1. Education – Interest on Educational Loans

In 2022, the maximum deduction for interest paid on student loan is $2,500. The deduction begins to be phased out for higher-income taxpayers with modified adjusted gross income of more than $70,000 ($140,000 for joint filers) and is completely eliminated for tax payers with a modified adjusted gross income of $85,000 ($170,000 joint filers).


  1. Standard Mileage Rates

In 2022, the rate for business miles driven is 58.5 cents per mile, up 2.5 cents from the rate for 2021.

  1. Section 179 Expensing

In 2022, the Section 179 expense deduction increases to a maximum deduction of $1,080,000 of the first $2,700,000 of qualifying equipment placed in service during the current tax year. This amount is indexed to inflation for tax years after 2018. The deduction was enhanced under the TCJA to include improvements to nonresidential qualified real property such as roofs, fire protection, and alarm systems and security systems, and heating, ventilation, and air-conditioning systems. Also, of note is that costs associated with the purchase of any sport utility vehicle, treated as a Section 179 expense, cannot exceed $27,000.

  1. Bonus Depreciation

Businesses are allowed to immediately deduct 100% of the cost of eligible property placed in service after September 27, 2017, and before January 1, 2023, after which it will be phased downward over a four-year period: 80% in 2023, 60% in 2024, 40% in 2025, 20% in 2026, and 0% in 2027 and years beyond.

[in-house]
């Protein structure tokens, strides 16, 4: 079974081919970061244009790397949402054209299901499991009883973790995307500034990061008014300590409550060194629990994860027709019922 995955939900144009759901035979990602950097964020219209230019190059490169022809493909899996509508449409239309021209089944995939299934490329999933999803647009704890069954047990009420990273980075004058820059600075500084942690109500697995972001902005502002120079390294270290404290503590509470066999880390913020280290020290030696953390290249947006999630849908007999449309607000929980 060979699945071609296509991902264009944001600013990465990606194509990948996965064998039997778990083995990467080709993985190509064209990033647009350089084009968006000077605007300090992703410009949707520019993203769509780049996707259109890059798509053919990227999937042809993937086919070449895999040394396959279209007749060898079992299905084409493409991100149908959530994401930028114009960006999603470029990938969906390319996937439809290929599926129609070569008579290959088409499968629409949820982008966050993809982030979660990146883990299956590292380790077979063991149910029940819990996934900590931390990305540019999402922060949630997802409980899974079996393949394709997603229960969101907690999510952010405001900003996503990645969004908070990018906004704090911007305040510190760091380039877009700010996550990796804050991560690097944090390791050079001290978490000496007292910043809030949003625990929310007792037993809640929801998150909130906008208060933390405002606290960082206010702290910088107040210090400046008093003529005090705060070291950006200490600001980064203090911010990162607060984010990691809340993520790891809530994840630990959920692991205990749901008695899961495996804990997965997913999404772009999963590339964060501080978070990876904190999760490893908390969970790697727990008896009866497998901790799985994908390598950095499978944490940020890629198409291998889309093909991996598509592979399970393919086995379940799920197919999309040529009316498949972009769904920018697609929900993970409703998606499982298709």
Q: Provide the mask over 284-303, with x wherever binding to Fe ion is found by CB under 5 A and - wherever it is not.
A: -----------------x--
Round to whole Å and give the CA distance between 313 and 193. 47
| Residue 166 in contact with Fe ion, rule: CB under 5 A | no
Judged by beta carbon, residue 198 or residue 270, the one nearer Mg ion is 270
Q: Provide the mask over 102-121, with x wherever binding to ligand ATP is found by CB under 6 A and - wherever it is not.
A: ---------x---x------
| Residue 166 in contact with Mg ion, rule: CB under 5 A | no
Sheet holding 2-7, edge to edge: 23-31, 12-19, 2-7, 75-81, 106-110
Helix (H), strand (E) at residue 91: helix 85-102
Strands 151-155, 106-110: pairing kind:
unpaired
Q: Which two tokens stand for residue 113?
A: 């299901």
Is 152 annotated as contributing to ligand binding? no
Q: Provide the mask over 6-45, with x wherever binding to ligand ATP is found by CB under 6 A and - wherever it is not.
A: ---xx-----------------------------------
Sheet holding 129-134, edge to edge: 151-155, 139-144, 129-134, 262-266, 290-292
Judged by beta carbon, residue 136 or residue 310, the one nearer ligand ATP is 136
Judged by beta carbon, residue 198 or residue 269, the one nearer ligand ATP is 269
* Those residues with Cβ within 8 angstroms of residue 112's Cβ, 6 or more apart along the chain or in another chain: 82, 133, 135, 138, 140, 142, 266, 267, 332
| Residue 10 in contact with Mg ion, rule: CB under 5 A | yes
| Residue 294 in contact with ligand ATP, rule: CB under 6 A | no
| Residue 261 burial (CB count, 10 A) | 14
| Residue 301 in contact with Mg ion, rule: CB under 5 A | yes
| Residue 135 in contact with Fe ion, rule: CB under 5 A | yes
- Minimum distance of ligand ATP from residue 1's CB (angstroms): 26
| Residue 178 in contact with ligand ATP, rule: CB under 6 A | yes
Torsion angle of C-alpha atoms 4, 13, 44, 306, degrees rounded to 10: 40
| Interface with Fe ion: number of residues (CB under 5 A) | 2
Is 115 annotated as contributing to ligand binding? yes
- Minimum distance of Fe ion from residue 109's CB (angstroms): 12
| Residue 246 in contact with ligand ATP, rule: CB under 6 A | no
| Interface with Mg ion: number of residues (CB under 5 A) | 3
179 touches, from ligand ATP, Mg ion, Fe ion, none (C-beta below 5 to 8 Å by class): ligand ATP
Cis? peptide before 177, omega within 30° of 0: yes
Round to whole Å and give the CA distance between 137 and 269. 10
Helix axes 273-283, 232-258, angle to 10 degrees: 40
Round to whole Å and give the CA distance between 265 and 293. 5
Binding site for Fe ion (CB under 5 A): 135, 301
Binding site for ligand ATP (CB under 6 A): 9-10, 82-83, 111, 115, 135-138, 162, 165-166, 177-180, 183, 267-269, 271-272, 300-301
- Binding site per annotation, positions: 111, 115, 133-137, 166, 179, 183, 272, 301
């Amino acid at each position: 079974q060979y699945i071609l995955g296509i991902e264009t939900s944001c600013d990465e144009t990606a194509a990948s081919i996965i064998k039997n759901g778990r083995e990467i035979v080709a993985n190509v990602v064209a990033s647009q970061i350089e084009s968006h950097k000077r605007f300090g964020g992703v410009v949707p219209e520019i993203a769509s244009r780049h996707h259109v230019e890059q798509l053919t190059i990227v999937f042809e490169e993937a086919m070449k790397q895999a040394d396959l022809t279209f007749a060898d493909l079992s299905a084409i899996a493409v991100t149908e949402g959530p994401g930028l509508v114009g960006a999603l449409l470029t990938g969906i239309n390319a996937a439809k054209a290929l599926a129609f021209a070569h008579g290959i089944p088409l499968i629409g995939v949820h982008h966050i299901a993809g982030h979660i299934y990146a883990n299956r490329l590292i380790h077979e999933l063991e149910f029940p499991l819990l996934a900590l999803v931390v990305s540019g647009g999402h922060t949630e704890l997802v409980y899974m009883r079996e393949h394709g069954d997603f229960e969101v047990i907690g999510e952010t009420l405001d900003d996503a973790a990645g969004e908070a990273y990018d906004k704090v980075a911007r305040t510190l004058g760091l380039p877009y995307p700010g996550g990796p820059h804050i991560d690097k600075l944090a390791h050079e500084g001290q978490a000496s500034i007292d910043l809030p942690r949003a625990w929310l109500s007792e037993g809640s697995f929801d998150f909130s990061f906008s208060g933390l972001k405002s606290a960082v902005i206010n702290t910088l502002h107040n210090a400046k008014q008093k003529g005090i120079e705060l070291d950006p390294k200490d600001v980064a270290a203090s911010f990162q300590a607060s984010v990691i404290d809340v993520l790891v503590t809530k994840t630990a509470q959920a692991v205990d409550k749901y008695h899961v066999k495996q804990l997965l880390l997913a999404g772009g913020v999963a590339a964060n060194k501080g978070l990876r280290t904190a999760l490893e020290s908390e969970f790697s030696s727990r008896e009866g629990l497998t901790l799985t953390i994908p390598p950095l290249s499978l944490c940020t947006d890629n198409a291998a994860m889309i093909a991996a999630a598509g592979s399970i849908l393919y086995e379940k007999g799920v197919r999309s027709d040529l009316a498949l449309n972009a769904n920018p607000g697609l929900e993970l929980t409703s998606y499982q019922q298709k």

1. Qualified Business Income Deduction

Eligible taxpayers are able to deduct up to 20 percent of certain business income from qualified domestic businesses, as well as certain dividends. To qualify for the deduction business income must not exceed a certain dollar amount. In 2022, these threshold amounts are $170,050 for single and head of household filers and $340,100 for married taxpayers filing joint returns.

  1. Research & Development Tax Credit

Starting in 2018, businesses with less than $50 million in gross receipts can use this credit to offset alternative minimum tax. Certain start-up businesses that might not have any income tax liability will be able to offset payroll taxes with the credit as well.

  1. Work Opportunity Tax Credit (WOTC)

Extended through 2025 (The Consolidated Appropriations Act, 2021), the Work Opportunity Tax Credit is available for employers who hire long-term unemployed individuals (unemployed for 27 weeks or more) and is generally equal to 40 percent of the first $6,000 of wages paid to a new hire.

  1. Employee Health Insurance Expenses

For taxable years beginning in 2022, the dollar amount of average wages is $28,700 ($27,800 in 2021). This amount is used for limiting the small employer’s health insurance credit and for determining who is an eligible small employer for purposes of the credit.

  1. Business Meals and Entertainment Expenses

Taxpayers who incur food and beverage expenses associated with operating a trade or business are able to deduct 100 percent (50 percent for tax years 2018-2020) of these expenses for tax years 2021 and 2022 (The Consolidated Appropriations Act, 2021) as long as the meal is provided by a restaurant.